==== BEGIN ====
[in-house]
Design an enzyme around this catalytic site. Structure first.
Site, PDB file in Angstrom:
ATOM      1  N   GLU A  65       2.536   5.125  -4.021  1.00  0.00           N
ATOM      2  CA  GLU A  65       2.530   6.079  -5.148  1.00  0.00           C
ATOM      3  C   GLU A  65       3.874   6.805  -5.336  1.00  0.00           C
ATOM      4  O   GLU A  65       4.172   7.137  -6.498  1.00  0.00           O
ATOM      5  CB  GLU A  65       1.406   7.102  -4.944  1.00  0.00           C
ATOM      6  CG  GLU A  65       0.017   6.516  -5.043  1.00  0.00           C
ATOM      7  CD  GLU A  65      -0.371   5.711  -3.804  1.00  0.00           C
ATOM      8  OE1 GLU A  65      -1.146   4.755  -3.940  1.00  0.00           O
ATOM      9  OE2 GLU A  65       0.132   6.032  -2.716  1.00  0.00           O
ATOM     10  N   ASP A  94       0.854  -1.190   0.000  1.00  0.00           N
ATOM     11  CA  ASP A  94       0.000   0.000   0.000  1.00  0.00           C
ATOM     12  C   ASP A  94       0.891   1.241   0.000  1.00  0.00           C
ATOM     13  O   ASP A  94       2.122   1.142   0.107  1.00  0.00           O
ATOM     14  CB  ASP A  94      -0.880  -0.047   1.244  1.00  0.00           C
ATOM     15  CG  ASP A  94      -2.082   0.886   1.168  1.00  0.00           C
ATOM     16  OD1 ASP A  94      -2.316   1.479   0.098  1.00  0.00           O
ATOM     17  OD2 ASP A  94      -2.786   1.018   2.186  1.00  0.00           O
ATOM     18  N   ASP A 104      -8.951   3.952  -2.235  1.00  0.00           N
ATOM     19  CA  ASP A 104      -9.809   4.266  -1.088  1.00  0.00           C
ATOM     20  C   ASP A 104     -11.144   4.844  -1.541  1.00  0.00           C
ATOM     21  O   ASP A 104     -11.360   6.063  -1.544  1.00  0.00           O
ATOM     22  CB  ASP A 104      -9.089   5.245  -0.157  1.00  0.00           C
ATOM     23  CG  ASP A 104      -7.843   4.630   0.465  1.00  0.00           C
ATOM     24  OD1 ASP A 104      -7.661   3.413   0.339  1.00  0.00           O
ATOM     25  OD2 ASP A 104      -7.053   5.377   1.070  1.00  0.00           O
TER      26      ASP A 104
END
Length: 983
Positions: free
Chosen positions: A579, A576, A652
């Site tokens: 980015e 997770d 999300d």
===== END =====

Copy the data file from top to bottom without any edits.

[in-house]
Design an enzyme around this catalytic site. Structure first.
Site, PDB file in Angstrom:
ATOM      1  N   GLU A  65       2.536   5.125  -4.021  1.00  0.00           N
ATOM      2  CA  GLU A  65       2.530   6.079  -5.148  1.00  0.00           C
ATOM      3  C   GLU A  65       3.874   6.805  -5.336  1.00  0.00           C
ATOM      4  O   GLU A  65       4.172   7.137  -6.498  1.00  0.00           O
ATOM      5  CB  GLU A  65       1.406   7.102  -4.944  1.00  0.00           C
ATOM      6  CG  GLU A  65       0.017   6.516  -5.043  1.00  0.00           C
ATOM      7  CD  GLU A  65      -0.371   5.711  -3.804  1.00  0.00           C
ATOM      8  OE1 GLU A  65      -1.146   4.755  -3.940  1.00  0.00           O
ATOM      9  OE2 GLU A  65       0.132   6.032  -2.716  1.00  0.00           O
ATOM     10  N   ASP A  94       0.854  -1.190   0.000  1.00  0.00           N
ATOM     11  CA  ASP A  94       0.000   0.000   0.000  1.00  0.00           C
ATOM     12  C   ASP A  94       0.891   1.241   0.000  1.00  0.00           C
ATOM     13  O   ASP A  94       2.122   1.142   0.107  1.00  0.00           O
ATOM     14  CB  ASP A  94      -0.880  -0.047   1.244  1.00  0.00           C
ATOM     15  CG  ASP A  94      -2.082   0.886   1.168  1.00  0.00           C
ATOM     16  OD1 ASP A  94      -2.316   1.479   0.098  1.00  0.00           O
ATOM     17  OD2 ASP A  94      -2.786   1.018   2.186  1.00  0.00           O
ATOM     18  N   ASP A 104      -8.951   3.952  -2.235  1.00  0.00           N
ATOM     19  CA  ASP A 104      -9.809   4.266  -1.088  1.00  0.00           C
ATOM     20  C   ASP A 104     -11.144   4.844  -1.541  1.00  0.00           C
ATOM     21  O   ASP A 104     -11.360   6.063  -1.544  1.00  0.00           O
ATOM     22  CB  ASP A 104      -9.089   5.245  -0.157  1.00  0.00           C
ATOM     23  CG  ASP A 104      -7.843   4.630   0.465  1.00  0.00           C
ATOM     24  OD1 ASP A 104      -7.661   3.413   0.339  1.00  0.00           O
ATOM     25  OD2 ASP A 104      -7.053   5.377   1.070  1.00  0.00           O
TER      26      ASP A 104
END
Length: 983
Positions: free
Chosen positions: A579, A576, A652
């Site tokens: 980015e 997770d 999300d």